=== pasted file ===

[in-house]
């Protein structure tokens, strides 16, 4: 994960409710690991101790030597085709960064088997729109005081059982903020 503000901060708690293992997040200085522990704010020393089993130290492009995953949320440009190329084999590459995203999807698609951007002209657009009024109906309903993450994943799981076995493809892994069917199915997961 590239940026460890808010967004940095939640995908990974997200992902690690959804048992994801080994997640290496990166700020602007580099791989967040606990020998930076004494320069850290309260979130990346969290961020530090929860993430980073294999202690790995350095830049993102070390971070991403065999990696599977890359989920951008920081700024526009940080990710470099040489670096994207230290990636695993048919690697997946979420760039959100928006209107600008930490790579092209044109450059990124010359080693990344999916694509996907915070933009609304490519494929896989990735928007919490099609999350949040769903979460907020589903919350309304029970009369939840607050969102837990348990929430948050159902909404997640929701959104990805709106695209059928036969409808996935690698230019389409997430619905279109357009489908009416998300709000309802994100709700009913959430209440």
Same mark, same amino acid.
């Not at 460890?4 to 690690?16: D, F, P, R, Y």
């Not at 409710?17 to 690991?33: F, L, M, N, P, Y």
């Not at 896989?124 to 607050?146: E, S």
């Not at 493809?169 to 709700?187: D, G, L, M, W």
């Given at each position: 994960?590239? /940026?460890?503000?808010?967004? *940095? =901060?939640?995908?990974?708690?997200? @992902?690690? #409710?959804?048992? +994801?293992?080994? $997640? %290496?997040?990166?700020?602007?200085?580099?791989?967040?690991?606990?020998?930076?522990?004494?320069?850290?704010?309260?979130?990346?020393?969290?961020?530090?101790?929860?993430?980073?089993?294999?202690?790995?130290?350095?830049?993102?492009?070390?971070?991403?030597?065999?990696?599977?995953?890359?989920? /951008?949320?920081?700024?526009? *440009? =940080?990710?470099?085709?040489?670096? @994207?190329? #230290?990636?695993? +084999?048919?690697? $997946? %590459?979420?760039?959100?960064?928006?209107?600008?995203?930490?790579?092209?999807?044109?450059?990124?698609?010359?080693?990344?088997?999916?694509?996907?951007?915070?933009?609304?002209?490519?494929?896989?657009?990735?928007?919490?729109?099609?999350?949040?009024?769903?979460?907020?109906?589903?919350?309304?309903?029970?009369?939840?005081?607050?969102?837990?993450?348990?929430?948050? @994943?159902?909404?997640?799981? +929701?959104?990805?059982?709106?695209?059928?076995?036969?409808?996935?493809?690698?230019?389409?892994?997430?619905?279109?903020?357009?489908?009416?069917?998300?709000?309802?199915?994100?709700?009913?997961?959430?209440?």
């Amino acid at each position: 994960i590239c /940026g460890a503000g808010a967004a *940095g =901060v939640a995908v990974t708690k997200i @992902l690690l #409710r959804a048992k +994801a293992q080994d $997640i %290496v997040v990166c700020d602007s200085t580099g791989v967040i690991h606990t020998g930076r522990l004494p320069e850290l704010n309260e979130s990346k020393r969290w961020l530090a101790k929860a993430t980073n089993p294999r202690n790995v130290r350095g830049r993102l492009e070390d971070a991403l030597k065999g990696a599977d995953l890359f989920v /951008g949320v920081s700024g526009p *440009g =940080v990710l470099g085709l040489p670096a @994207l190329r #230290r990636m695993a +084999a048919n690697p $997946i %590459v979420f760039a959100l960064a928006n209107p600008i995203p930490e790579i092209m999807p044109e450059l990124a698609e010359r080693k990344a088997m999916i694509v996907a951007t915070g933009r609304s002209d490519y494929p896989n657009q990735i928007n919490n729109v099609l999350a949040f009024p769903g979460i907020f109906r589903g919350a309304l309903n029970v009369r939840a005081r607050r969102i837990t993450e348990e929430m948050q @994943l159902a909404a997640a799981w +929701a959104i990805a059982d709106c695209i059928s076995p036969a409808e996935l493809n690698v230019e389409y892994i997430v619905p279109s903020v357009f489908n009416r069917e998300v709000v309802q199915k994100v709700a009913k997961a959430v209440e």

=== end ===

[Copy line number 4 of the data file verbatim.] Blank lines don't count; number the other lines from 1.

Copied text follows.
């Not at 460890?4 to 690690?16: D, F, P, R, Y």